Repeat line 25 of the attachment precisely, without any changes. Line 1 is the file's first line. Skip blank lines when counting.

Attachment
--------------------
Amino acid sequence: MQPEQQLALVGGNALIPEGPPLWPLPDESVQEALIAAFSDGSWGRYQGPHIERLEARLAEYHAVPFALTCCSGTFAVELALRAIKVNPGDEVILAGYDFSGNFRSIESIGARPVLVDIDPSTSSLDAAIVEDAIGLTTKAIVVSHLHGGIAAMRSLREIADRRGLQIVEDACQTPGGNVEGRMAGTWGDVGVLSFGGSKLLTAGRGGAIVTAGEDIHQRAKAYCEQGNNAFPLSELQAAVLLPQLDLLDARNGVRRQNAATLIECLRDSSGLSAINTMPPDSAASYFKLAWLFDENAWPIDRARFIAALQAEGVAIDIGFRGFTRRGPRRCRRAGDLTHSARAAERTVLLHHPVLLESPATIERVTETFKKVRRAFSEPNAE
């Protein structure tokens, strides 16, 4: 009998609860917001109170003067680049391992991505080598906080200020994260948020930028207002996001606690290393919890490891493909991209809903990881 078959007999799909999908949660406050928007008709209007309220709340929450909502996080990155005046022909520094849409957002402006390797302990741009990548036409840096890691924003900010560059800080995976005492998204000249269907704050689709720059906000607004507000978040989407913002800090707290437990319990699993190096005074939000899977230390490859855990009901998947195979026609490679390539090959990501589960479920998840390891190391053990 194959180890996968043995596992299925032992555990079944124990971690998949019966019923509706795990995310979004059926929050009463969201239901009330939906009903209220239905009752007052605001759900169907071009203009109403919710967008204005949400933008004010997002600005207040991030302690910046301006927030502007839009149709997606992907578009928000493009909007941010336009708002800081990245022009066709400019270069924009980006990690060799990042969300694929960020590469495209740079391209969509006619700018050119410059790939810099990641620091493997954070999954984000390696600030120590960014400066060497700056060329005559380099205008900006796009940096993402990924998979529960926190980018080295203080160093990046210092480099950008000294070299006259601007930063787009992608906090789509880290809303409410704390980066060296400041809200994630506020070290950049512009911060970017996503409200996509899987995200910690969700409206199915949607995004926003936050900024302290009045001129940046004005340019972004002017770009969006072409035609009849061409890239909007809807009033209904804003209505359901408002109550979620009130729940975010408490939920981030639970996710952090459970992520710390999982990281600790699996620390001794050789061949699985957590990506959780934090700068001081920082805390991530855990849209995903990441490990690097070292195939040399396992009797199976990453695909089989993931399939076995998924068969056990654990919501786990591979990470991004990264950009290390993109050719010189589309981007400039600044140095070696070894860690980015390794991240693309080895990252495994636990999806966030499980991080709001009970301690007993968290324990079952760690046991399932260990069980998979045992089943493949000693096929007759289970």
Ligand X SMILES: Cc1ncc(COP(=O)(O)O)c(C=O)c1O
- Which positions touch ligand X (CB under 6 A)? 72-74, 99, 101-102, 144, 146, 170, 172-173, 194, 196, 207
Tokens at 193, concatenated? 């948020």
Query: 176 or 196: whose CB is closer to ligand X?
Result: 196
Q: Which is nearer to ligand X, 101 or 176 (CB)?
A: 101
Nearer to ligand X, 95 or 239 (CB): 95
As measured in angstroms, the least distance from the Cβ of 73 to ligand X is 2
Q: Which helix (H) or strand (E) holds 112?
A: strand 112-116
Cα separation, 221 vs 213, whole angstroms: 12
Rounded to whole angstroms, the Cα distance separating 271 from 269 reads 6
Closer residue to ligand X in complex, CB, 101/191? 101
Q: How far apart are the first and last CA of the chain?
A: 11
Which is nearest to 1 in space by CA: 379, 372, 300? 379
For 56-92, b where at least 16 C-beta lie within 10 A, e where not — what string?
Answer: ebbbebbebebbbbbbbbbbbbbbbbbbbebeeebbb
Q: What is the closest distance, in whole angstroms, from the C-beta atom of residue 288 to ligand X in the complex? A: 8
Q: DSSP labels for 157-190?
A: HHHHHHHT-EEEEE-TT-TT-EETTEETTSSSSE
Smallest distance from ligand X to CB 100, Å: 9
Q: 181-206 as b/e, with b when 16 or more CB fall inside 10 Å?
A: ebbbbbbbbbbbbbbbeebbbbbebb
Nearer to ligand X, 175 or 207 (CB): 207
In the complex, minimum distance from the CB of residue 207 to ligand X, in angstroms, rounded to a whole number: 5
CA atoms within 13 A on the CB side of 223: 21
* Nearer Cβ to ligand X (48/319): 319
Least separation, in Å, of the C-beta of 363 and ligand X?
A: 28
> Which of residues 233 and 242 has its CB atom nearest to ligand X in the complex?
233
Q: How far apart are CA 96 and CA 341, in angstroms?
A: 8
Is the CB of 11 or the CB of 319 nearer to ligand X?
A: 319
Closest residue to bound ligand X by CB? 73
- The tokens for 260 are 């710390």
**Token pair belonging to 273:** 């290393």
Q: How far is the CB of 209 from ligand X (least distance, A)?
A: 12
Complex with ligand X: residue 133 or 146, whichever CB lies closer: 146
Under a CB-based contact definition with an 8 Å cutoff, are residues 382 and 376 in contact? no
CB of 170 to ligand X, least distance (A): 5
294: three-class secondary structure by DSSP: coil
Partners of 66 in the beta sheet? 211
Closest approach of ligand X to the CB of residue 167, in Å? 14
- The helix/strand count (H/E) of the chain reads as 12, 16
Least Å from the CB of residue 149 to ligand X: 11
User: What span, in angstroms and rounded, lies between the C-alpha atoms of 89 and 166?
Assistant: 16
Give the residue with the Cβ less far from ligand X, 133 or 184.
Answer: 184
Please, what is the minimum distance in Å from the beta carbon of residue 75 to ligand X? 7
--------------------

Smallest distance from ligand X to CB 100, Å: 9